A Potted History
By Stuart Finnis
I'm interested in many things, but for a mostly Tech based website, I thought it fitting to focus this potted history on my love of electronics over the years.
This story is actually quite typical among engineers. I can't remember exactly when I first became interested in electronics, but I do remember a pivotal moment that put me on the path. I must have been around 11 years old when I came across a book called 'how to build a crystal set' in my local Woolworths. I hadn't even heard of a Crystal Set before, let alone built one. Up until now I'd loved playing around with bulbs, batteries and motors, but this was different, and had to be done. My first attempt was hit and miss because I hadn't a clue what a variable capacitor was, so goodness knows what I used instead. But, when I connected up my bed springs as an aerial and a central heating pipe as the earth, things started to happen. I can't explain the excitement I felt when I heard for the first time, voices coming out of the little earpiece. From that moment on, I was hooked by the electronics bug that would stay with me throughout my life.
An 'artists impression' of one of my early crystal sets
After that first crystal set and it's much improved offspring, came amplifiers. Now I could listen through a loudspeaker instead of an earpiece, which I invariably found wrapped around my neck when I woke up in the morning. The thing is though, I was learning, and the learning was effortless because it was fun. I remember building a super regen receiver. These were great because you could get lots of sensitivity and selectivity, and this opened up for me the world of short wave radio. To hear stations from around the world was brilliant, but I needed more performance. That's when I built my first superhet receiver. It was a design by R.A.Penfold and I was 'dead chuffed' with it. This was near the end of my school years so I must have been 15 years old at the time. In parallel to my love of radio was my love of audio. They kind of go hand in hand. The simple class A amplifiers I'd built for my early radios and the push pull circuits using OC71 transistors were my 'Audio Education' and the stepping stones towards the more powerful HiFi amplifiers that were yet to come.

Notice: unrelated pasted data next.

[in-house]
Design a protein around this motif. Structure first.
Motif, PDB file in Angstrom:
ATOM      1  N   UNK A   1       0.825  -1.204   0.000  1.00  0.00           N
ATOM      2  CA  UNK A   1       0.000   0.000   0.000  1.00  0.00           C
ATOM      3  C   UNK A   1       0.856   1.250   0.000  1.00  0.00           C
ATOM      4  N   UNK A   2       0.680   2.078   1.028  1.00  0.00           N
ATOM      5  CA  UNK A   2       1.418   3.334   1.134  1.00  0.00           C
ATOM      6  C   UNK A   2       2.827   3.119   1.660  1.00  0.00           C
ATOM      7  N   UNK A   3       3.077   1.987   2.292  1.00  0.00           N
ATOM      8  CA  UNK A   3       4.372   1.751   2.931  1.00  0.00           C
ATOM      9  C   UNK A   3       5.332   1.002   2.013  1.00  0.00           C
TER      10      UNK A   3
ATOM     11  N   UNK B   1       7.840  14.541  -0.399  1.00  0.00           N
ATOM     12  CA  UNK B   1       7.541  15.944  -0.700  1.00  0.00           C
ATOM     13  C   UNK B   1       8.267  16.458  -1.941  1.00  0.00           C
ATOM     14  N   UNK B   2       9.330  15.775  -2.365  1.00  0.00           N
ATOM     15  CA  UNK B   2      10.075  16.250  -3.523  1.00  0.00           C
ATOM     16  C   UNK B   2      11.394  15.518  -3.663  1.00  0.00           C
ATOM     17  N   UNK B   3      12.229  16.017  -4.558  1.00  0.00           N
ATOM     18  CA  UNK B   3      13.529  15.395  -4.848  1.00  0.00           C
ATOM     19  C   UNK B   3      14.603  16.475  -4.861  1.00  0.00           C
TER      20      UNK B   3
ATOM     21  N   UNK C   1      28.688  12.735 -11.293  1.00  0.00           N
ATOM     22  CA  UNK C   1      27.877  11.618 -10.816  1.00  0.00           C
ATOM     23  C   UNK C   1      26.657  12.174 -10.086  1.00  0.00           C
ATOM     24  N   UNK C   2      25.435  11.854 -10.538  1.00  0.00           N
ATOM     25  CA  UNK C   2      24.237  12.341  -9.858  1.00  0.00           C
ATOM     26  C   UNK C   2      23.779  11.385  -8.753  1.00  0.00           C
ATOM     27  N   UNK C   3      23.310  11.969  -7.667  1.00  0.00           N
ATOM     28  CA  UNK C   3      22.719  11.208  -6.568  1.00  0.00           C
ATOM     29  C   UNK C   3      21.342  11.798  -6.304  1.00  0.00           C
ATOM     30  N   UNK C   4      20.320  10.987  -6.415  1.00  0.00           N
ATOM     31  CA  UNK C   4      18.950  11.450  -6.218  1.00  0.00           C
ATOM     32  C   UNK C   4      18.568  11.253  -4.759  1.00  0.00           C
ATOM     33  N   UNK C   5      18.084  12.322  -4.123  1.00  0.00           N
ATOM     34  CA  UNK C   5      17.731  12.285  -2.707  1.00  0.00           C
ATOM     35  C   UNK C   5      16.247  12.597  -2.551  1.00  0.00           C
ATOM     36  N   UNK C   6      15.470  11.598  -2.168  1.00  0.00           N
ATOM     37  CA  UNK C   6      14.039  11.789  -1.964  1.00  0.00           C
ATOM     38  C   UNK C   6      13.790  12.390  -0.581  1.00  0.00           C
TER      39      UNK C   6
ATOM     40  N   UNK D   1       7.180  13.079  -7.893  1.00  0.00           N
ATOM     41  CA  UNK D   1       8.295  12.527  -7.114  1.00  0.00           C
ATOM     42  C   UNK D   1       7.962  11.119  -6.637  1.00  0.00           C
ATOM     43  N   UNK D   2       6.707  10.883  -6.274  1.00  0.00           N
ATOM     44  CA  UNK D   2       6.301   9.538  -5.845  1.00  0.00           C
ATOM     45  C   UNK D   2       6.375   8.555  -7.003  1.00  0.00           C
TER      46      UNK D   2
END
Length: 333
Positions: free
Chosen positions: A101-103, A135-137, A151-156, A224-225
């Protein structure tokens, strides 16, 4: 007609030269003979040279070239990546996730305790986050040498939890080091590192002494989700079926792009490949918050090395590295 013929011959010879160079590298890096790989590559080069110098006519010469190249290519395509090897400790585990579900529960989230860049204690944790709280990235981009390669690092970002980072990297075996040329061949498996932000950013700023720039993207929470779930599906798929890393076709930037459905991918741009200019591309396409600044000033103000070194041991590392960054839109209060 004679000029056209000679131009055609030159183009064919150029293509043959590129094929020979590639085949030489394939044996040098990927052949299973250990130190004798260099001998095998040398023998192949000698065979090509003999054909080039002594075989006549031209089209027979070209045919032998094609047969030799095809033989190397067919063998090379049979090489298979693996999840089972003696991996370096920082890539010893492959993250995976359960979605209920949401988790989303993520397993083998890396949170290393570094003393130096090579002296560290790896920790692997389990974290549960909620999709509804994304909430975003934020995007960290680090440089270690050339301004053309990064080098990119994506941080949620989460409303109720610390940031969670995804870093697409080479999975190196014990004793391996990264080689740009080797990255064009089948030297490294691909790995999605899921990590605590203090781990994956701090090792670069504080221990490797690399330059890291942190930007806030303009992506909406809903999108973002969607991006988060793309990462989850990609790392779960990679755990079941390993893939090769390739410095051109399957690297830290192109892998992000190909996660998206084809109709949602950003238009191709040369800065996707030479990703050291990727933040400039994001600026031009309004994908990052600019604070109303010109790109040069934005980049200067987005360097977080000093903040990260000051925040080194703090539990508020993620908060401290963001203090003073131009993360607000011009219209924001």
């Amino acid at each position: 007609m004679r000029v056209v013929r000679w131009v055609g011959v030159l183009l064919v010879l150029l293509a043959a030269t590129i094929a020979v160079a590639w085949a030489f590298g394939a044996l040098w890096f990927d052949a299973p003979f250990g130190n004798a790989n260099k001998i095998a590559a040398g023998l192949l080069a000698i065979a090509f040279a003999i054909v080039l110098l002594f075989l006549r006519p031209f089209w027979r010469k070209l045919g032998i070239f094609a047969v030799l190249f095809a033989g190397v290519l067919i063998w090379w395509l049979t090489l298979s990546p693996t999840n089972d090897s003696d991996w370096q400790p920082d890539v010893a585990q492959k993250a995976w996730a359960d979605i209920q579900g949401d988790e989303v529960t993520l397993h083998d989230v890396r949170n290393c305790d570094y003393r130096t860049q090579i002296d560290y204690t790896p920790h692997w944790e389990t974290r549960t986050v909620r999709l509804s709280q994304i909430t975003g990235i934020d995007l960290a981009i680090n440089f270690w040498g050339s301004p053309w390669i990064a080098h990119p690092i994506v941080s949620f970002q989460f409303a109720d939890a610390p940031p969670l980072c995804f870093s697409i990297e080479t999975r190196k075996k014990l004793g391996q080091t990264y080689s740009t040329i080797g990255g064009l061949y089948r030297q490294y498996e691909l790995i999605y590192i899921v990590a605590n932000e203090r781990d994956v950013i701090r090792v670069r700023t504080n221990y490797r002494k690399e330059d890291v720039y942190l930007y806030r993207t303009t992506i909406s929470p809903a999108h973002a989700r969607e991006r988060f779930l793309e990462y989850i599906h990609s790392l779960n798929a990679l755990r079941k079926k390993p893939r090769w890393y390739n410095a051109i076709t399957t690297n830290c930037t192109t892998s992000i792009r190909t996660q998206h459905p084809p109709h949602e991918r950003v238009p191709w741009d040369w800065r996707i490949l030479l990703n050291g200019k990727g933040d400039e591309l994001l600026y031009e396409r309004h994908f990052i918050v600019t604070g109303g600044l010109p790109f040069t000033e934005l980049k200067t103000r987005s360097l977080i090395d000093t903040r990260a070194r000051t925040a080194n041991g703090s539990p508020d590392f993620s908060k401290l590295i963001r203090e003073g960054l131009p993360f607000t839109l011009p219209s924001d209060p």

On leaving school I started a television engineering apprenticeship with a company called Radio Rentals (sadly no longer around). They rented televisions and video recorders. Televisions were new to me, but hey, they were radios and had amplifiers in them so how hard could they be! I studied electronics for three and a half years at Southgate Technical College in north London, which was good for me as I'd never lived away from home before. It was all new, exiting and scary at the same time, but I survived.
So Radio Rentals took me on permanently, and it was at the time of the first VHS recorders. As the new boy, I was heavily involved with these because the 'old school' television engineers were terrified of the new fangled technology. VHS is now of course, very old technology, but it was good stuff at the time. Working in an electronics environment and having it as a hobby too, was great. I had access to lots of scrap circuit boards that I could strip down for parts for my projects, and some televisions still had wooden cabinets that could be sawn up to make enclosures for my stereo amplifiers. I learnt a lot during those years and built tons of stuff.